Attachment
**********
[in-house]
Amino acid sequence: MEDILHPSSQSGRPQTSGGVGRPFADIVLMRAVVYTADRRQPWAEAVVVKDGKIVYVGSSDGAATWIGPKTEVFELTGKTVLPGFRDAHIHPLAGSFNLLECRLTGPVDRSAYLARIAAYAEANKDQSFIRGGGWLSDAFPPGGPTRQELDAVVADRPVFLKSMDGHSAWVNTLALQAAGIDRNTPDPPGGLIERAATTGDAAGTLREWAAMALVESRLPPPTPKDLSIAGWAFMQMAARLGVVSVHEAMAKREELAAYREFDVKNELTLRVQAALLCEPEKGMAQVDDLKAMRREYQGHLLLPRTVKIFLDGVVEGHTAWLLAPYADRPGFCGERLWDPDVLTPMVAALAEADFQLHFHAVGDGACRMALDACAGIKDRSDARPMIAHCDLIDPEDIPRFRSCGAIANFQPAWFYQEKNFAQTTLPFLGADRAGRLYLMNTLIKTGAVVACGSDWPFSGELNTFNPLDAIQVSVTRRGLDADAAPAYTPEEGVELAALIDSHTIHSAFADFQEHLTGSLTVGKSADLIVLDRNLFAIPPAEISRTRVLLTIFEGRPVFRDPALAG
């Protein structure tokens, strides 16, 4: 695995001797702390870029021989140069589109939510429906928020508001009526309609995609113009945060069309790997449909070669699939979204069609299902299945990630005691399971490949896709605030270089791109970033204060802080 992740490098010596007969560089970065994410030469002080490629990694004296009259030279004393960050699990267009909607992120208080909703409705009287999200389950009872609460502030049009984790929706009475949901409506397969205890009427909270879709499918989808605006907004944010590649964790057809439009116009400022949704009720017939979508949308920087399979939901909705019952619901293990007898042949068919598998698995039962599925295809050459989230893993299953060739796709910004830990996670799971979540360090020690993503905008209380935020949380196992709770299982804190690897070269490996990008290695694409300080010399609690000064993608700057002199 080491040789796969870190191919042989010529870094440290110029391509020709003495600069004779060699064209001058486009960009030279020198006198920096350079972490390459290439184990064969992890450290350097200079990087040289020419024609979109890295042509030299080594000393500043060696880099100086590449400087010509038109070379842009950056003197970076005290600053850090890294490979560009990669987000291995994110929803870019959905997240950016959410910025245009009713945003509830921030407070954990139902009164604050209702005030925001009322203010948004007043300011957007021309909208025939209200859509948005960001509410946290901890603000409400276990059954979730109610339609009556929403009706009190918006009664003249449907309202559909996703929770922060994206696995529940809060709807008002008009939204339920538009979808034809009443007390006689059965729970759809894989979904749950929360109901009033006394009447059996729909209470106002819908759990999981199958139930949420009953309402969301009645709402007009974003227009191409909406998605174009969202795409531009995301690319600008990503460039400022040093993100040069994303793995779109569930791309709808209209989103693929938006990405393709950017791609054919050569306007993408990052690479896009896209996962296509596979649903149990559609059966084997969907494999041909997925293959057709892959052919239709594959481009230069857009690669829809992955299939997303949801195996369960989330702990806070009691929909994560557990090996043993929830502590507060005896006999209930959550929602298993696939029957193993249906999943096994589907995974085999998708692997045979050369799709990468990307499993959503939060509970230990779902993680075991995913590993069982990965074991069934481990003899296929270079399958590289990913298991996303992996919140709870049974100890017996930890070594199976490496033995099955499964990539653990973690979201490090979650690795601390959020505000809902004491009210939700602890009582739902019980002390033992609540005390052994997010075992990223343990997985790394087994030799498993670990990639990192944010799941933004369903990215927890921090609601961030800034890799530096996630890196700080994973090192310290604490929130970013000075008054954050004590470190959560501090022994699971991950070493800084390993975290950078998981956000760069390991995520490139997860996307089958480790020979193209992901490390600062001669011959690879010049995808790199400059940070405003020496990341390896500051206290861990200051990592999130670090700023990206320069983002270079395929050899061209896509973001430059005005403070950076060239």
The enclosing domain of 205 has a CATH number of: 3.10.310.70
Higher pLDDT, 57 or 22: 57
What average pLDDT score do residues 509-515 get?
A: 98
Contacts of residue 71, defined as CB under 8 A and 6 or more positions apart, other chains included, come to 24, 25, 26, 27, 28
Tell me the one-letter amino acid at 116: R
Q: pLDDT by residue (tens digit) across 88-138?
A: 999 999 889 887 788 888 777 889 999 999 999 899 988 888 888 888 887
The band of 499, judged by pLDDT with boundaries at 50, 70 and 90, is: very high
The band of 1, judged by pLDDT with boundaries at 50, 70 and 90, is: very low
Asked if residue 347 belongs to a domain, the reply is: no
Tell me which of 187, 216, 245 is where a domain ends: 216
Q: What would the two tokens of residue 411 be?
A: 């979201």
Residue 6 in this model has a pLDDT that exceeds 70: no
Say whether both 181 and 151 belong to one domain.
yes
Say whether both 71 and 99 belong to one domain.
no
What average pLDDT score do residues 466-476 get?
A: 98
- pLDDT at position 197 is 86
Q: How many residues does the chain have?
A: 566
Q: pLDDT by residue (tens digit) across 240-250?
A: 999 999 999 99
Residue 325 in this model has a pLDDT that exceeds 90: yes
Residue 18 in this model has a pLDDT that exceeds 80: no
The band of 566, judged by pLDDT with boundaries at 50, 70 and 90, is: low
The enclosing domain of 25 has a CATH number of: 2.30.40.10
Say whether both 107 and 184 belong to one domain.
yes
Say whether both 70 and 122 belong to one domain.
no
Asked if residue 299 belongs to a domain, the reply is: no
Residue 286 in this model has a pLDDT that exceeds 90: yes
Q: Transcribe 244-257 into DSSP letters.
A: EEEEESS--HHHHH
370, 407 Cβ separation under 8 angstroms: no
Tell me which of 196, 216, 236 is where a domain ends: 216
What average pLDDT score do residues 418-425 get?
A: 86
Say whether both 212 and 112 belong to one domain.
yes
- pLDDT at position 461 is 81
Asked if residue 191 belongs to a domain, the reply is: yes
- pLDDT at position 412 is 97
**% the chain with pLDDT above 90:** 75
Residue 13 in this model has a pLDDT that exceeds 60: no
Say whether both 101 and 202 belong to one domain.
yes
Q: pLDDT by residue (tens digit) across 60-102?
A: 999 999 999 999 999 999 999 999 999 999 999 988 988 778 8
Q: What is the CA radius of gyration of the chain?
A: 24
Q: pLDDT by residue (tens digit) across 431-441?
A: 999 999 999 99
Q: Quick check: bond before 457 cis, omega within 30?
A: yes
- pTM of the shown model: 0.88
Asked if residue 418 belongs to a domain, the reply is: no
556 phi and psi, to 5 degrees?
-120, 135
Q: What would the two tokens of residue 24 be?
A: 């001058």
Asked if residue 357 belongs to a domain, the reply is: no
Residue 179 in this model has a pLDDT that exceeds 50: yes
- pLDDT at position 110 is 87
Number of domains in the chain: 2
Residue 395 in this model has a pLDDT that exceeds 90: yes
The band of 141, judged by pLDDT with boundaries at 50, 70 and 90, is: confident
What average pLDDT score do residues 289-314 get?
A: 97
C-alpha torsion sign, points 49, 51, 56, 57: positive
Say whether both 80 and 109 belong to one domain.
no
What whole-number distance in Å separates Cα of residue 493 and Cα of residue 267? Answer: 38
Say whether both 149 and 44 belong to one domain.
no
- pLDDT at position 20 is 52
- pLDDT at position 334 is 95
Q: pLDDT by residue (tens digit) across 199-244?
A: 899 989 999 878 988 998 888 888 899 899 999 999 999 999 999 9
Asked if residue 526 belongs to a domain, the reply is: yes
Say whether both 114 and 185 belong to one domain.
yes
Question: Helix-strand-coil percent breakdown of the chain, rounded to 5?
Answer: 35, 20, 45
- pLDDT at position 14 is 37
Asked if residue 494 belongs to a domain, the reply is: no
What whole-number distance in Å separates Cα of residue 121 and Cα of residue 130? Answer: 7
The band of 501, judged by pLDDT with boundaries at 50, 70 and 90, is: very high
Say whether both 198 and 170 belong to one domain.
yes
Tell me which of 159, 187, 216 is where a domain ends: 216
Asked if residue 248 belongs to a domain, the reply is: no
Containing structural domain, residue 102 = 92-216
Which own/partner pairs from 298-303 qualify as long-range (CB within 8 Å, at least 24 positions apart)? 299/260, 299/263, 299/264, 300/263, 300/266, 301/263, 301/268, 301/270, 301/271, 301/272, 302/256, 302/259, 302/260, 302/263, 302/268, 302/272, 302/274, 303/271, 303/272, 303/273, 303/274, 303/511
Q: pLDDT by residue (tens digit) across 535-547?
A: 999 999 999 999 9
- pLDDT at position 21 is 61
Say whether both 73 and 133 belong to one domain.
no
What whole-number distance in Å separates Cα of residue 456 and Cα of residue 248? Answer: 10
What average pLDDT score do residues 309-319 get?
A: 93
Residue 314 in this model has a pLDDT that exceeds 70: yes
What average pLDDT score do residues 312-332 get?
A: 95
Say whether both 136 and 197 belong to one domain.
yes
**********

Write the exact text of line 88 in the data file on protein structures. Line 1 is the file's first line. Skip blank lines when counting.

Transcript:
Say whether both 114 and 185 belong to one domain.